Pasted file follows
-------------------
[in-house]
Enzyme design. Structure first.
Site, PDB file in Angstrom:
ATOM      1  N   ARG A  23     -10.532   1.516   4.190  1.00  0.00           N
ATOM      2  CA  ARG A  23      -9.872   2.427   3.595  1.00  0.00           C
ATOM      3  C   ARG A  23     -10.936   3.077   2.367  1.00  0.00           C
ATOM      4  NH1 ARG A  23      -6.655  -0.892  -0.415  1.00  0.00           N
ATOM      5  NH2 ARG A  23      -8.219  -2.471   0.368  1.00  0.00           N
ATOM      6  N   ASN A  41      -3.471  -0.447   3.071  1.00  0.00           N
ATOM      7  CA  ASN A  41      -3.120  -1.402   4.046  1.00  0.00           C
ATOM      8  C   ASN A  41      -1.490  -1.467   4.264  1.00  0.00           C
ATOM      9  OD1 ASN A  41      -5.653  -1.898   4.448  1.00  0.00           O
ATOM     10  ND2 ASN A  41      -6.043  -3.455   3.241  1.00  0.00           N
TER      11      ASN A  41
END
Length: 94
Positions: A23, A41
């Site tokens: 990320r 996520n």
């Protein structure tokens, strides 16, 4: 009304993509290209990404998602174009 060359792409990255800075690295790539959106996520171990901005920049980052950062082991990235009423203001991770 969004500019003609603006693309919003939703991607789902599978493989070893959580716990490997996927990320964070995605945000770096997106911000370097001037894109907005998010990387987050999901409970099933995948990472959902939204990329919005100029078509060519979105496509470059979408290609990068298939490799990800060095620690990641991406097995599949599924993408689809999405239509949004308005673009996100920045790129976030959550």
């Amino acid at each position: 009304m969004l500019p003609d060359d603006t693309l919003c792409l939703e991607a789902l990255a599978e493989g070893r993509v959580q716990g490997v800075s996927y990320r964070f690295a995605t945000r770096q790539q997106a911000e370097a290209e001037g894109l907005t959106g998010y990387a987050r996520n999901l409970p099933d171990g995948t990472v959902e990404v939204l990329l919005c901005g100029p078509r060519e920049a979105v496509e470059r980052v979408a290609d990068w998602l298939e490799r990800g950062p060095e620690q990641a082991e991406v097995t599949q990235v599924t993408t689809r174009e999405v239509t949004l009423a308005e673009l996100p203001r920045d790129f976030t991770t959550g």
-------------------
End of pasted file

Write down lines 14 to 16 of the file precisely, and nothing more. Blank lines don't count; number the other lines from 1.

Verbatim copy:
TER      11      ASN A  41
END
Length: 94